Advantages of Behavioral Biometrics: 3 Use Cases from the Wild

Oct. 27, 2020 | by Jordan Bowen

As businesses dive deeper into digital initiatives, the need to balance security and usability is more critical than ever. Customers are demanding world-class experiences and have limited patience for complex online interactions and unnecessary friction. At the same time, fraud is on the rise and costlier than ever.

Strengthening digital channels to meet customer demands requires a new perspective, one that emphasizes streamlining the user experience while also providing top security. Behavioral biometrics empowers organizations to achieve this balance. In this blog, we'll take a look at three different case studies that demonstrate the power of AI-driven behavioral biometrics technology and how a successful implementation generates significant ROI for global enterprises and financial institutions.

Three Behavioral Biometrics Case Studies

Case Study 1: Preventing Down-the-Line Fraud Losses: A Promotional Offering Resulting in Mule Accounts and Credit Fraud

A top bank offered high-income applicants immediate approval for a deposit account and credit card in a single application. While this promotion attracted new business, a subset of applicants were criminal and later tied to down-the-line credit fraud losses and the exploitation of mule accounts. While the bank had adopted numerous fraud prevention solutions, they lacked the ability to adequately assess risk at the account opening stage. Although the bank’s latest promotion offered differentiated convenience for genuine applicants, they wanted to strike a better balance between convenience and security to ensure they were doing all in their power to safely acquire new customers.

After incorporating behavioral biometrics into their security ecosystem, the bank no longer worried about risk when introducing promotional offerings to drive new business. With continuous visibility into user behavior throughout the entire account opening process, the bank was able to introduce different user experiences based on risk level. Applicants who exhibited high-risk behavior patterns associated with cybercriminal activity were instructed to visit the bank’s branch to complete their application, while low-risk applicants whose activity was similar to legitimate user patterns, were automatically approved. This method saved the bank hundreds of thousands of dollars immediately as they were able to automatically decline potentially fraudulent activity and reduce down-the-line fraud losses.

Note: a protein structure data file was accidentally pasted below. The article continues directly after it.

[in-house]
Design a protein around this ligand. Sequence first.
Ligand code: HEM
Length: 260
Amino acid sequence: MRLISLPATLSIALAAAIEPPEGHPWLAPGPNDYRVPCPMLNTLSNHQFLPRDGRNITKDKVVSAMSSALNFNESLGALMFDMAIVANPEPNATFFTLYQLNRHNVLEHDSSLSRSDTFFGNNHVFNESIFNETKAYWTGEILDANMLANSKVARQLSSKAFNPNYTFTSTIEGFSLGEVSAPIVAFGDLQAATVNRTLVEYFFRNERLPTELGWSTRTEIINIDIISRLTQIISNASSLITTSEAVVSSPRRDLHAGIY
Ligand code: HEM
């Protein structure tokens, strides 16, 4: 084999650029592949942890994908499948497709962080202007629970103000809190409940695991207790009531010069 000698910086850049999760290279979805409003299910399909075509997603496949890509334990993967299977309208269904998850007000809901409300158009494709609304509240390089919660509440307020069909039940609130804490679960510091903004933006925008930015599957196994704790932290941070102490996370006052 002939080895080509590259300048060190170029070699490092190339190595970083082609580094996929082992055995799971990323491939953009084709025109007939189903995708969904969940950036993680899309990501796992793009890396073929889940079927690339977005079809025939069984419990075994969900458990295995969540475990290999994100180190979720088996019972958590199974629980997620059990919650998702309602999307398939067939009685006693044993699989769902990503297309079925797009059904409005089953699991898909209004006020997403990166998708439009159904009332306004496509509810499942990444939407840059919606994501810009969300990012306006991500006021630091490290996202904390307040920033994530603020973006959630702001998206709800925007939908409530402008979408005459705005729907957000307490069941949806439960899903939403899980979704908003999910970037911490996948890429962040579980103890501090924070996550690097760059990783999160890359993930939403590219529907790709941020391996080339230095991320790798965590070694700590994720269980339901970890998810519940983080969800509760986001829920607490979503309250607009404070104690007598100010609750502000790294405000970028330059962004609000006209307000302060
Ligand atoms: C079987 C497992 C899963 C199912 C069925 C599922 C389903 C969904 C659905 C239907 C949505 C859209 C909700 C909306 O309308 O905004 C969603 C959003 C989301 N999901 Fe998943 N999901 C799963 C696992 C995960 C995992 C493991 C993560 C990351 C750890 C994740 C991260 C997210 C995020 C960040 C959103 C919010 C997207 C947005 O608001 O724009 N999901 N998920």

Case Study 2: Immediate ROI: Going Beyond Authentication and Device Reputation

A major credit card issuer’s existing fraud detection model was based on traditional means of verifying identity including device reputation, yet they suffered from millions of dollars in fraud losses each year. The issuer was eager to invest in a fraud solution that would reduce their current fraud losses and improve customer experience. 

Business executives, for example, travel frequently for work throughout the United States and login from multiple devices and locations. When financial institutions and other organizations leverage traditional device or IP security controls, users are burdened with a high-friction experience and fraud teams are forced to manage a large number of benign fraud cases.

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According to Javelin research, fraud-related false positives affect roughly 1 in 15 consumers, a problem that not only continues to grow, but has significant implications for enterprise access management, e-commerce, and online banking experiences given the need to balance security and customer experience. According to recent Gartner research, digital businesses with a smooth customer journey during identity corroboration will earn 15% more revenue than comparable businesses with an unnecessarily frictional customer journey. With this knowledge, it’s time to get serious about digital identity and fraud.

By leveraging behavioral biometrics to analyze thousands of physical and cognitive behavioral attributes, the credit issuer was able to detect fraud and identity theft regardless of the user’s location or device. By incorporating behavioral insights into their risk analysis process, the issuer realized immediate ROI by gaining millions of dollars in annual uplift from reduced fraud losses, decreased operational costs, and increased customer acquisition.

Case Study 3: Detecting Payment Fraud: 740,000 Straws Across the Sea

An e-commerce business received an urgent order for 740,000 straws to be delivered to Tuvalu, a tiny island with a population of 11,000. The user selected two-day international shipping. To such a remote location, this was quite expensive, adding up to nearly $10,000. After the payment was made, the customer called the straw company and asked that the shipping amount be directed to another freight company. 

What was really going on here?

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This was a case of payment fraud. The entire order was illegitimate, and the request to transfer shipping funds was part of the scam. In the event the money transfer was successful, the shipping funds would have been sent to a fake company under the cybercriminal’s control. By employing behavioral biometrics to analyze the user’s cognitive attributes, including the user’s level of data familiarity and computer proficiency, the organization was able to determine that the user was inputting stolen and synthetic information in the checkout process and blocked the transaction up front.

Each of these behavioral biometrics case studies demonstrates the significant advantages possible to reduce friction and fight fraud. To learn how BioCatch can deliver ROI for your business, schedule a demo today or read more of our customer case studies.

Topics: Behavioral Biometrics